October was recently declared Architecture month by the city of Los Angeles. In honor, this edition of LA Letters pays tribute to some of my favorite structures in our fair city. There are far too many to list them all, but here's a few to begin with.
Downtown in particular has a consolidated cluster of classic architecture in several styles, like Beaux Arts, Italian Renaissance Revival, Churrigueresque and Art Deco. The Historic Core east of Hill Street along Broadway, Spring and Main holds building after building of vintage architecture like the Bradbury Building, Million Dollar Theater, Rosslyn Hotel, Wurlitzer Building, Orpheum Theater, Title Insurance and Trust Company Building, and countless more. Historian/Photographer Tom Zimmerman's book, "Downtown in Detail," does an excellent job showcasing downtown's historic buildings and the accompanying sculptures, clock towers, tiles, gargoyles and relief panels decorating their facades. Zimmerman captures these structures in all their glory.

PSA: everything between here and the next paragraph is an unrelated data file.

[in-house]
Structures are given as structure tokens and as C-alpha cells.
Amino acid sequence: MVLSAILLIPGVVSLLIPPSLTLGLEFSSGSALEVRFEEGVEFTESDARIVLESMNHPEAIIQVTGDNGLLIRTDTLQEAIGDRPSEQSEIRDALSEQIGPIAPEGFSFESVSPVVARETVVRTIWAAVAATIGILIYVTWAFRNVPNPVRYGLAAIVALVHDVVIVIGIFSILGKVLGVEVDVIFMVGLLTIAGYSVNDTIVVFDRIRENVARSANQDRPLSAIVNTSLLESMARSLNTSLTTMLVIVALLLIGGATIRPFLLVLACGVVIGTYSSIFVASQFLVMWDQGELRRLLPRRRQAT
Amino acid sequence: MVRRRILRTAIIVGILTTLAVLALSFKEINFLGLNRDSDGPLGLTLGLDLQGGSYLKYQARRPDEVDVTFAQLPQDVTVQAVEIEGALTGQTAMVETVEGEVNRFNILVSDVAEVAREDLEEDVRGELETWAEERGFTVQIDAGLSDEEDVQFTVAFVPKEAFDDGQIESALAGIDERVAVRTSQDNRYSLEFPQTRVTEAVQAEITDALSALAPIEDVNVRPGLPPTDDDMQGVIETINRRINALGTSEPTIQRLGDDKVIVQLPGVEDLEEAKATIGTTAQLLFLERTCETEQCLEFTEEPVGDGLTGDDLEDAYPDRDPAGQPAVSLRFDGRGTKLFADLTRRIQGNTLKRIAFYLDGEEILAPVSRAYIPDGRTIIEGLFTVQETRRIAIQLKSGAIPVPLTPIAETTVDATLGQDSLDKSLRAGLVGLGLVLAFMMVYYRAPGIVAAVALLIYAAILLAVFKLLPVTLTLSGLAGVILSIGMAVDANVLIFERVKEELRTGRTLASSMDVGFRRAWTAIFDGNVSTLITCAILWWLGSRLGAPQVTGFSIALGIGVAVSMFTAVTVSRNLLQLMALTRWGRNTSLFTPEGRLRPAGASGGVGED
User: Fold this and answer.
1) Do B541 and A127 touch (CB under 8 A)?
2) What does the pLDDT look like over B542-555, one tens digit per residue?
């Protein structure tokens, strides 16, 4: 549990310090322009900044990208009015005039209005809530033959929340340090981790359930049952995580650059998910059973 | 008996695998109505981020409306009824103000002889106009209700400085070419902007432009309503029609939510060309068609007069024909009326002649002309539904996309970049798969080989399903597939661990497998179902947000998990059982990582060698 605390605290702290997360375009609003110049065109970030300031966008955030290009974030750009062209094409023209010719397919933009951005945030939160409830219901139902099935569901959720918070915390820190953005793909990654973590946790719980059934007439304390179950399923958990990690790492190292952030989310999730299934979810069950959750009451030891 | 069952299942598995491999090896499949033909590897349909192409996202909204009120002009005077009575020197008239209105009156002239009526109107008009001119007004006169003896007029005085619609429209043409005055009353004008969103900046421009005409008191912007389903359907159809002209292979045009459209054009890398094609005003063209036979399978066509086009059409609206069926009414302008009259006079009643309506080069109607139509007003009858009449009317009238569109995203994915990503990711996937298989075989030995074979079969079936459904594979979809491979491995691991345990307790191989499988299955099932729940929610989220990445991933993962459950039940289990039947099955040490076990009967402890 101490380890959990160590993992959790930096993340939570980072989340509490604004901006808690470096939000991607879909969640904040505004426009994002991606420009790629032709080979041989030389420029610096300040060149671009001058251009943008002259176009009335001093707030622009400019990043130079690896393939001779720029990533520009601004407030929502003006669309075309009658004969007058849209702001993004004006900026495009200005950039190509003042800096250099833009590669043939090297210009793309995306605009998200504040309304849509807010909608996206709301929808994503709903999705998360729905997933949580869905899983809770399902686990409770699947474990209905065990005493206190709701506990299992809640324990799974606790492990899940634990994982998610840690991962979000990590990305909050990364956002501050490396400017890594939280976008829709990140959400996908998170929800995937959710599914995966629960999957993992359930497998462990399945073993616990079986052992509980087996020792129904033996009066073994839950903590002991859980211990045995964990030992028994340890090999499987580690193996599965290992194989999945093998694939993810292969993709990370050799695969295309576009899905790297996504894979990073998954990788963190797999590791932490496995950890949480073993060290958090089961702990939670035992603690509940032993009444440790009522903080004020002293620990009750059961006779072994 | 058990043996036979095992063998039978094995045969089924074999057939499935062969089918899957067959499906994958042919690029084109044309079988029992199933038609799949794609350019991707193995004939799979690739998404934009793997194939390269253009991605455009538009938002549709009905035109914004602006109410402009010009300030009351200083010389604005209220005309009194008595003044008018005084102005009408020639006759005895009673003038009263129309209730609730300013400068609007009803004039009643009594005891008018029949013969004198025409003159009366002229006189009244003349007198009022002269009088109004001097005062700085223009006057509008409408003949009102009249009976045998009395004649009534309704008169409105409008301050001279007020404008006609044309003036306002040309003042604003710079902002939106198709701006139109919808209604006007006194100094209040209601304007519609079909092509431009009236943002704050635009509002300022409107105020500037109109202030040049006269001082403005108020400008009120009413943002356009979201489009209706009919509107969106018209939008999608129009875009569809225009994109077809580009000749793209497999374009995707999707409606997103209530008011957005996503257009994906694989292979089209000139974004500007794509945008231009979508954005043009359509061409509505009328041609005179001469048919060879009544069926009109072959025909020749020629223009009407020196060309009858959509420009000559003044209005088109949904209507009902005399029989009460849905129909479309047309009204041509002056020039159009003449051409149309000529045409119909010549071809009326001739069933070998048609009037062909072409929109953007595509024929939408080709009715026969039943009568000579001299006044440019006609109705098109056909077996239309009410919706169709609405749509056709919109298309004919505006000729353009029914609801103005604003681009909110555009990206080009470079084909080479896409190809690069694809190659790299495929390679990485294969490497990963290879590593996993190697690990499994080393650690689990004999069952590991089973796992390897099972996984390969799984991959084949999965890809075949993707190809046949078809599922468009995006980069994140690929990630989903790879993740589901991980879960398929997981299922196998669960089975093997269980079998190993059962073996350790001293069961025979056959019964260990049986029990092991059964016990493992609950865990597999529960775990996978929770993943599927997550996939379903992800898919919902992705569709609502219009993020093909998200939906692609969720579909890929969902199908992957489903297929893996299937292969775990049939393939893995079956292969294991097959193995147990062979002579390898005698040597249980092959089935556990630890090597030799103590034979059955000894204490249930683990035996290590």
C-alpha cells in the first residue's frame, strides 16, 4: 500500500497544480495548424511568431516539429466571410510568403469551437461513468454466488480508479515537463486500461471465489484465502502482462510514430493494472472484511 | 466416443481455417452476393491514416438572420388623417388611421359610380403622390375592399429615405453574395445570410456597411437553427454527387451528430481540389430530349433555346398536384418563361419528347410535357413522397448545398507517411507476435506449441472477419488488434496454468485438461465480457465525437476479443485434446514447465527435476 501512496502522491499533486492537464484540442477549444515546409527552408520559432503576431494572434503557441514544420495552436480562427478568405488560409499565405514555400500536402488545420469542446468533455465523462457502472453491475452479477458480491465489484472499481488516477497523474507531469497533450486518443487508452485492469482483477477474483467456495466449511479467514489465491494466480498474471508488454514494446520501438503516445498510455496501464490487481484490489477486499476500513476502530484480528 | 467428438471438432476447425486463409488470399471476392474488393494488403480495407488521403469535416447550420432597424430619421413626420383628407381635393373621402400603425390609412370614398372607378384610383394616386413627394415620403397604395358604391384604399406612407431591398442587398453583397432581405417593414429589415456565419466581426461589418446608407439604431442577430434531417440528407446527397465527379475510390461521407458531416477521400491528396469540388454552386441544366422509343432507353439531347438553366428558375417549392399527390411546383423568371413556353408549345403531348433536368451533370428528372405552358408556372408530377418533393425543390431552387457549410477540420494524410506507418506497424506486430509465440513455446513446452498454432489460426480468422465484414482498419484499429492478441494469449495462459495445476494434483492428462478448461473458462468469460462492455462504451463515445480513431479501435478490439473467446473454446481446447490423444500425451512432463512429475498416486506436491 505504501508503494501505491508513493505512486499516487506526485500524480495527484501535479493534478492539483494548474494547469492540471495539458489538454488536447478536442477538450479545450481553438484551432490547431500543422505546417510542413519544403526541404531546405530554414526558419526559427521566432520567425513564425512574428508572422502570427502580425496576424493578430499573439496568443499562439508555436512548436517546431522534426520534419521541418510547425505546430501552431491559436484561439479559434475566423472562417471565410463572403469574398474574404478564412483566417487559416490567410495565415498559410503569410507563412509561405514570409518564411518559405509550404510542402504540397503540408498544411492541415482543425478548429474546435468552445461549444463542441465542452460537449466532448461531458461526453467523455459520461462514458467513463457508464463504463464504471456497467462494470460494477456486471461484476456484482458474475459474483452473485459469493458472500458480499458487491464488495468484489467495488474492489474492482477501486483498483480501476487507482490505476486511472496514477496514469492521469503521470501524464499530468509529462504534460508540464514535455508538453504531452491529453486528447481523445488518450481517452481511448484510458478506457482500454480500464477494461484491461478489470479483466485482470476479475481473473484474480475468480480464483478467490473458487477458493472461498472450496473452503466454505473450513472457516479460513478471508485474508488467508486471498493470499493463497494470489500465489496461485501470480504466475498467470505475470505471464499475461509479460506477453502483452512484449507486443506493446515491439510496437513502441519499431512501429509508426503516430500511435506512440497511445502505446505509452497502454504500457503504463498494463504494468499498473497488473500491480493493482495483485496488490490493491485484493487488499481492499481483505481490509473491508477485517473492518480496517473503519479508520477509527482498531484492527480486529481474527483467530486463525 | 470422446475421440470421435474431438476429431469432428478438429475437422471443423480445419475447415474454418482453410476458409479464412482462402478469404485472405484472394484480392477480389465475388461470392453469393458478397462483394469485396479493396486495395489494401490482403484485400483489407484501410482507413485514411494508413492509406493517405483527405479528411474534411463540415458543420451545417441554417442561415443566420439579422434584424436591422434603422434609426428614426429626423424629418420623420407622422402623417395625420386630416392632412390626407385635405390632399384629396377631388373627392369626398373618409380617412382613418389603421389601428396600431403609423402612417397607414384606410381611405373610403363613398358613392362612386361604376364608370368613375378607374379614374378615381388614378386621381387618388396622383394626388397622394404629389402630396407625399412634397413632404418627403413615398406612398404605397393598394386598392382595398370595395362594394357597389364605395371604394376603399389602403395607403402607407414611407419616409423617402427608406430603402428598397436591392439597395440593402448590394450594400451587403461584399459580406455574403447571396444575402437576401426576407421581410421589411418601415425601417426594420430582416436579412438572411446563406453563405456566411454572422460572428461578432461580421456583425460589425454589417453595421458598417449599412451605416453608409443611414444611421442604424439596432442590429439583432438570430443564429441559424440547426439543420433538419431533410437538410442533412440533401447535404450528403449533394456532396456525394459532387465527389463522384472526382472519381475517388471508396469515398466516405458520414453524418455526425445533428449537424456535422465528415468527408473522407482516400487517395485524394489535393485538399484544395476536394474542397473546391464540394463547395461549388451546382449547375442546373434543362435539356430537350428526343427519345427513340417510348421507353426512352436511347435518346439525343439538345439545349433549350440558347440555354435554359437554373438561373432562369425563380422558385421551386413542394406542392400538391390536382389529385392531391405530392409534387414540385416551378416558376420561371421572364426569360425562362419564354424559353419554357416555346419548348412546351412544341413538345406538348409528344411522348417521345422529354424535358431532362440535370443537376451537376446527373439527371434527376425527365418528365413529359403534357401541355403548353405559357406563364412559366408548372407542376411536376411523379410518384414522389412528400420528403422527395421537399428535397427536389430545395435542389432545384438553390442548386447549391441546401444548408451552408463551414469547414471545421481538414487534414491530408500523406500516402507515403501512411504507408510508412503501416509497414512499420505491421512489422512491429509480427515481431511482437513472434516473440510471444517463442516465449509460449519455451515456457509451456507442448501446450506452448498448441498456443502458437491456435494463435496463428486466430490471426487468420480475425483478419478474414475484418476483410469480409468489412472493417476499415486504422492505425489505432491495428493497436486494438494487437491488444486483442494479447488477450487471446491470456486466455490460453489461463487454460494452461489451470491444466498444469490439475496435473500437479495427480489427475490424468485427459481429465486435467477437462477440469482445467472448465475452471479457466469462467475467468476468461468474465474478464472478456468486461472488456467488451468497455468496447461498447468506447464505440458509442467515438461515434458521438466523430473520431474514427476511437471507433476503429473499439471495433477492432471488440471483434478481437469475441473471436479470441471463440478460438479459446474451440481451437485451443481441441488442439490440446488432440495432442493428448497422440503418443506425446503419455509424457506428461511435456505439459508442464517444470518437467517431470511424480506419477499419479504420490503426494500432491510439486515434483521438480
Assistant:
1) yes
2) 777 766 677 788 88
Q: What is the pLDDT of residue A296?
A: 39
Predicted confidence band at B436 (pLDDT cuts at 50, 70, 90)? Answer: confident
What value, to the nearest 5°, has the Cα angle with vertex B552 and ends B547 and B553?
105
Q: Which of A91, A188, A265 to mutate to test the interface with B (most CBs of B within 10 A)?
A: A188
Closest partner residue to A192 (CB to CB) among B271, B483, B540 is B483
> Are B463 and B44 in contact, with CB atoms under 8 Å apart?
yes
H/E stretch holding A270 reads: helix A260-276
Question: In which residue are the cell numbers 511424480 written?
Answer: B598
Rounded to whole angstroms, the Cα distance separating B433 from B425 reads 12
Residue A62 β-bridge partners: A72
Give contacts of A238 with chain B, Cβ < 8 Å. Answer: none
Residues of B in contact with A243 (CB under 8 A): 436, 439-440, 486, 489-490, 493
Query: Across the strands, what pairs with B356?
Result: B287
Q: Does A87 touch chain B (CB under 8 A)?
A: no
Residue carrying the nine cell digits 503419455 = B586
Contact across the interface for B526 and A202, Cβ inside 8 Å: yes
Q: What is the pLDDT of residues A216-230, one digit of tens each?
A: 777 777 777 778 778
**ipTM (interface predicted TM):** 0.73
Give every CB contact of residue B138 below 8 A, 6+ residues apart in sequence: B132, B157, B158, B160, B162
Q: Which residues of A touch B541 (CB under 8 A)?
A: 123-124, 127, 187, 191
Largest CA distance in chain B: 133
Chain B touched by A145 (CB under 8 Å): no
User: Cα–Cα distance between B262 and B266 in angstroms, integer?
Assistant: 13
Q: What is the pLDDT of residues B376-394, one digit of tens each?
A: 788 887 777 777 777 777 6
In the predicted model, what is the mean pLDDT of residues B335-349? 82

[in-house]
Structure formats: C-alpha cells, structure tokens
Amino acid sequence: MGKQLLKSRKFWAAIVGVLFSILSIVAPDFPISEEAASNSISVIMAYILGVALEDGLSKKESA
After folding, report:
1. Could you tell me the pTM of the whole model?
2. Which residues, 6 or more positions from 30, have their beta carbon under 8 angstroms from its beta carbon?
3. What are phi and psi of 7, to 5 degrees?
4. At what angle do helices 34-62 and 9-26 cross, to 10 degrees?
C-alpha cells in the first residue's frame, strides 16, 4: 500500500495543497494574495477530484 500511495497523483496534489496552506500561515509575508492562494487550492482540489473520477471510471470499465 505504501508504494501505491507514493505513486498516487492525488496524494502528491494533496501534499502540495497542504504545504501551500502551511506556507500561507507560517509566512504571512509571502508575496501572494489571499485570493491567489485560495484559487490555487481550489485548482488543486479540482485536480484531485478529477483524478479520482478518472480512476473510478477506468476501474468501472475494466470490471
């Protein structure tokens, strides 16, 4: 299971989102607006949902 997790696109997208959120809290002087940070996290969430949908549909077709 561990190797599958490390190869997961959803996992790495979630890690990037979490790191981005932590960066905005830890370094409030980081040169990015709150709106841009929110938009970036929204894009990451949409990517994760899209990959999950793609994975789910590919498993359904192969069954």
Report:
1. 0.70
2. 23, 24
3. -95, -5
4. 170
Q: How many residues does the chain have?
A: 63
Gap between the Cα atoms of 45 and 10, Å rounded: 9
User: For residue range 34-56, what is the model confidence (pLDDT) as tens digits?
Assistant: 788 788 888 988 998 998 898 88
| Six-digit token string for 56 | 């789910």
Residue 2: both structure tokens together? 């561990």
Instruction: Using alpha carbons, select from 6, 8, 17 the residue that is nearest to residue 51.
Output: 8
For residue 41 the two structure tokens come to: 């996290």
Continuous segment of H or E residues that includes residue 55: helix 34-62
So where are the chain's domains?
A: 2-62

The first building I really got to know in Downtown L.A. was the Central Library. Two decades ago I fell in love with it. When the UCLA Library wouldn't have a book I needed or I just needed to get away from the Westside, I would drive to the library downtown. Designed by architect Bertram Goodhue in 1926, the Central Library on Flower and Fifth stands with the great libraries of the world. Built in Art Deco style, the design includes influences of ancient Egyptian and Mediterranean Revival architecture. The central tower is crowned with a tiled mosaic pyramid with a sun on each side. Topping the pyramid is a hand holding a gold torch symbolizing the "Light of Learning."